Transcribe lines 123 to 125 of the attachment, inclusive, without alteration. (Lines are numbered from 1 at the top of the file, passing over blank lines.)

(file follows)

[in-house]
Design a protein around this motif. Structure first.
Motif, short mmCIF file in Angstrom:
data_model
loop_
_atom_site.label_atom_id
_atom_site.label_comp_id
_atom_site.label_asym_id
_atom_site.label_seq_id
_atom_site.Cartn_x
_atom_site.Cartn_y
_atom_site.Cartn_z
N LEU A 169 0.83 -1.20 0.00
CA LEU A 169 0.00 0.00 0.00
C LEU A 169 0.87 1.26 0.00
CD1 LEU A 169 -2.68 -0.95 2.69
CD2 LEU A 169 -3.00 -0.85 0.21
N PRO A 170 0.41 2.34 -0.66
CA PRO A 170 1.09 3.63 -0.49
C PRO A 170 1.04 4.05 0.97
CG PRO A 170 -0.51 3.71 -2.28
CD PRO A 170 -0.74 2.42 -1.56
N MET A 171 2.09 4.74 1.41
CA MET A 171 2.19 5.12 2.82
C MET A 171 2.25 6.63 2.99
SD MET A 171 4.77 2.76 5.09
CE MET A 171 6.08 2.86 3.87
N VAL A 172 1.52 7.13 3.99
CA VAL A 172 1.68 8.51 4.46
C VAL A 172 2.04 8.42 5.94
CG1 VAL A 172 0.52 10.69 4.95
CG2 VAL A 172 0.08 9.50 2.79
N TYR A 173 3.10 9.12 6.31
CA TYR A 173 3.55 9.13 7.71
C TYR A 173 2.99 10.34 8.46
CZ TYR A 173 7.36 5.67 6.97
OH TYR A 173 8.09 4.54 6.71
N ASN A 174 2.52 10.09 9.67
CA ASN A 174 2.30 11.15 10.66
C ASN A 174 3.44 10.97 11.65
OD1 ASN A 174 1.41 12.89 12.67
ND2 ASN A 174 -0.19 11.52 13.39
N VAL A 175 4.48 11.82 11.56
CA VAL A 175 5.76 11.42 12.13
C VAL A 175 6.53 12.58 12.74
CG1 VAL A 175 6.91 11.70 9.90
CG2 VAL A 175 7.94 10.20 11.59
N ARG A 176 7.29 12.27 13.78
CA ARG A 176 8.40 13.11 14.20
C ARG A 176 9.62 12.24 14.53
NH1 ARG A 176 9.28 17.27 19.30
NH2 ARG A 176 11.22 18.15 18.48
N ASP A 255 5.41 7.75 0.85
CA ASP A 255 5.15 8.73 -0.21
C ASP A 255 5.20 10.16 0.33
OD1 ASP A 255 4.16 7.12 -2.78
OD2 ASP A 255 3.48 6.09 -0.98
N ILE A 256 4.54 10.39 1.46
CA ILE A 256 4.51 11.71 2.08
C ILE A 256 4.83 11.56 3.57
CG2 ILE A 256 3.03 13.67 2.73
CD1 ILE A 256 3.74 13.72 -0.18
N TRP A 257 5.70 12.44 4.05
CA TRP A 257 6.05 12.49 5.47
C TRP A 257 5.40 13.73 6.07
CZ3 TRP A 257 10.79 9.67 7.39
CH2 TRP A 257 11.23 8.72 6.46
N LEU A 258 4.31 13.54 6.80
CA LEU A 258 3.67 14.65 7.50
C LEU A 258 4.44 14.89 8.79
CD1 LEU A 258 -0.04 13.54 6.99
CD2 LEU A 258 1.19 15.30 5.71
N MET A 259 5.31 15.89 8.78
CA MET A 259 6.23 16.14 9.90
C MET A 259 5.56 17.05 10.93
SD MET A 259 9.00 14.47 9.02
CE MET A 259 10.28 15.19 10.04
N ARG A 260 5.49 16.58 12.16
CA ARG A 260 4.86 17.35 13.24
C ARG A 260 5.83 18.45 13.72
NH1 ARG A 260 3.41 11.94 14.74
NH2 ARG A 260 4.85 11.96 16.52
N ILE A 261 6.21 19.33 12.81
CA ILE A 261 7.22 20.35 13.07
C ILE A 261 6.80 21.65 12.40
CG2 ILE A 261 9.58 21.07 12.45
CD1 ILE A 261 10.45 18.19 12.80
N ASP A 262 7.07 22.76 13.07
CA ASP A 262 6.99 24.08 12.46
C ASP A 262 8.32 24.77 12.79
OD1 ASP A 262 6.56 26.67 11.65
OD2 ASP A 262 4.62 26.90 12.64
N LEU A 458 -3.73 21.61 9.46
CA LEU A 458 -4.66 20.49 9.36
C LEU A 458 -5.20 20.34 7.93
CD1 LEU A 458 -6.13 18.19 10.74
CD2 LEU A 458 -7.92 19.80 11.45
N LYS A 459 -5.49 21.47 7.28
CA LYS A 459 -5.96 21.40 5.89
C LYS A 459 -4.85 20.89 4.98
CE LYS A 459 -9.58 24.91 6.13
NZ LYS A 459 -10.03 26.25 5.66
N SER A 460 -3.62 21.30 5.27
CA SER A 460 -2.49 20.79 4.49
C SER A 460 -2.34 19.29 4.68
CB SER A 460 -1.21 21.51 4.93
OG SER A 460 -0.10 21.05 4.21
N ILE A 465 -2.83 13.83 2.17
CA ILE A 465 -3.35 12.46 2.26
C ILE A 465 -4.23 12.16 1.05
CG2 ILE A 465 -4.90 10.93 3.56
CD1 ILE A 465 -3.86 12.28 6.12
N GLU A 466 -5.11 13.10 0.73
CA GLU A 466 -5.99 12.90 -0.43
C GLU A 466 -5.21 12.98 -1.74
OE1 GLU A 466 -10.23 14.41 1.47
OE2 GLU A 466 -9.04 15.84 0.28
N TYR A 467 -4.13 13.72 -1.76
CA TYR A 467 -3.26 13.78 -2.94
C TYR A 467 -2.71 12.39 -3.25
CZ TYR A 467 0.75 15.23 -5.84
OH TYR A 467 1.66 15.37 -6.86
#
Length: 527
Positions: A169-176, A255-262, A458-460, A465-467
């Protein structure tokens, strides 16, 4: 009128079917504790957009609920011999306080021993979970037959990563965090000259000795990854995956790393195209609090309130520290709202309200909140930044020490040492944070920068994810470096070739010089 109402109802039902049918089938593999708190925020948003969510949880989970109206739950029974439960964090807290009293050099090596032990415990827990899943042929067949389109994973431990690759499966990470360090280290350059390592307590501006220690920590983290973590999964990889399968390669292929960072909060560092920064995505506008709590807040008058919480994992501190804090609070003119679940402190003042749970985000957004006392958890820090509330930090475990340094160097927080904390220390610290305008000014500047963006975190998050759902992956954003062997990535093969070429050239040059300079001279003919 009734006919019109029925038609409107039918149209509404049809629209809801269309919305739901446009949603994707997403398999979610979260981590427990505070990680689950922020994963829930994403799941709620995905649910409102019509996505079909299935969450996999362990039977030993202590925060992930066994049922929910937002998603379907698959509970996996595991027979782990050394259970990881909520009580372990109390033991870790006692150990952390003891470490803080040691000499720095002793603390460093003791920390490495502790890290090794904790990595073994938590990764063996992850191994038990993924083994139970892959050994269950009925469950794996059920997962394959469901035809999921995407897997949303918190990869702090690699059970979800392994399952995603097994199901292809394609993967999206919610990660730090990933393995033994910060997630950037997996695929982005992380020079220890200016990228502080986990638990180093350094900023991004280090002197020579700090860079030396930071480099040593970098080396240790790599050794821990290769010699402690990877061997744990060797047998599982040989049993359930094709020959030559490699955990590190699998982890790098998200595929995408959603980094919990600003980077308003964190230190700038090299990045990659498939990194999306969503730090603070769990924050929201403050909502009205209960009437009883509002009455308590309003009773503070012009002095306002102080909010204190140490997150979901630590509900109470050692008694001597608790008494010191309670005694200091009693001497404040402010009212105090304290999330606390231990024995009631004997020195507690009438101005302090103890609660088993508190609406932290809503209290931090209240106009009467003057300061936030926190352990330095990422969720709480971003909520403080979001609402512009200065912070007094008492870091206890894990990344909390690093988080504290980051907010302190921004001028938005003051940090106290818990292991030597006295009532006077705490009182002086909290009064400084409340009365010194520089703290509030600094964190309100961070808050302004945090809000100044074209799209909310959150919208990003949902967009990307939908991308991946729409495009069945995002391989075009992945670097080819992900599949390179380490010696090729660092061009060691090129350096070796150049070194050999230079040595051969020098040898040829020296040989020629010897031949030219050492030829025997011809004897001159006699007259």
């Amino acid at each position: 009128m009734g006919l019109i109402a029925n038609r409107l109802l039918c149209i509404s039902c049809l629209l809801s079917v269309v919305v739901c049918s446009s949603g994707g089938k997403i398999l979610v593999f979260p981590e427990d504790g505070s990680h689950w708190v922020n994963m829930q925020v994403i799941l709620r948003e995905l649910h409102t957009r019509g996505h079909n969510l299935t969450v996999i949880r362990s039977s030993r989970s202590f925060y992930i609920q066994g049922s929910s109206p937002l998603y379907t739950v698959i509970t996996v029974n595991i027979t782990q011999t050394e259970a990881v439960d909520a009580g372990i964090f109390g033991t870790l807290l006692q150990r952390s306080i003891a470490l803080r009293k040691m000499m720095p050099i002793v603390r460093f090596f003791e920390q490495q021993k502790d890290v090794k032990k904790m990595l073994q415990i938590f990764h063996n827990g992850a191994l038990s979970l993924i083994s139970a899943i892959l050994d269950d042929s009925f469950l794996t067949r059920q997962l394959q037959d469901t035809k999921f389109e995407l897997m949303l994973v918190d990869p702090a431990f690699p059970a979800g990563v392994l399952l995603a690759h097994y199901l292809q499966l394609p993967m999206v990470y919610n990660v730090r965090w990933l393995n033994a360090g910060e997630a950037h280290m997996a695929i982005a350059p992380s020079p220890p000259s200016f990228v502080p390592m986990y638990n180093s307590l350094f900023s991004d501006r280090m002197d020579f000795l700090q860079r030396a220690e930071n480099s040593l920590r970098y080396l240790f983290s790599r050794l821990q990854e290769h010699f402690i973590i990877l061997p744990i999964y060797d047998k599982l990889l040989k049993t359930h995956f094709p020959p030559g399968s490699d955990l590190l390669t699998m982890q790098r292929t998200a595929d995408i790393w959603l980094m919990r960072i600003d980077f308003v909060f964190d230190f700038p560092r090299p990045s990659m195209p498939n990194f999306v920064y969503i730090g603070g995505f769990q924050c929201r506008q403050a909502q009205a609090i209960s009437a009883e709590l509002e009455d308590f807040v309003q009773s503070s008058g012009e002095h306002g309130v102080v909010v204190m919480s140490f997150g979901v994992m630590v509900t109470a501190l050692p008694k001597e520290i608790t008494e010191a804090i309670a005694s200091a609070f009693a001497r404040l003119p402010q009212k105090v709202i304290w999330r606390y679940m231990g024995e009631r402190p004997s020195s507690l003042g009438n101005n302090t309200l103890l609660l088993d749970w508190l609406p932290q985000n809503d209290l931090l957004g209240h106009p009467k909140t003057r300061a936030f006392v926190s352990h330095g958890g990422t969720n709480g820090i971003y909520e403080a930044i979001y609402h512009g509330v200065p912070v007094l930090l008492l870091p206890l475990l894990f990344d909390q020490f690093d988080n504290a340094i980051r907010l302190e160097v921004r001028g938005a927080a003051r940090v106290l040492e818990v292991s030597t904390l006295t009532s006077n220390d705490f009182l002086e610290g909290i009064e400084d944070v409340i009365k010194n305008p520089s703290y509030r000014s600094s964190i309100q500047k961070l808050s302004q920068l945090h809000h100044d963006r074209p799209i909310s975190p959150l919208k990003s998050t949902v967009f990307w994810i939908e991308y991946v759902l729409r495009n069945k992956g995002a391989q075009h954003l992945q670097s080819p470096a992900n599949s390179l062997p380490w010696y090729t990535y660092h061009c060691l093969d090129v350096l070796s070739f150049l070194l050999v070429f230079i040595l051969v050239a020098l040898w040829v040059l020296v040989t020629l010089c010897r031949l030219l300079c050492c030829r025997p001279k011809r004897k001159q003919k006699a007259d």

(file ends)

#
Length: 527
Positions: A169-176, A255-262, A458-460, A465-467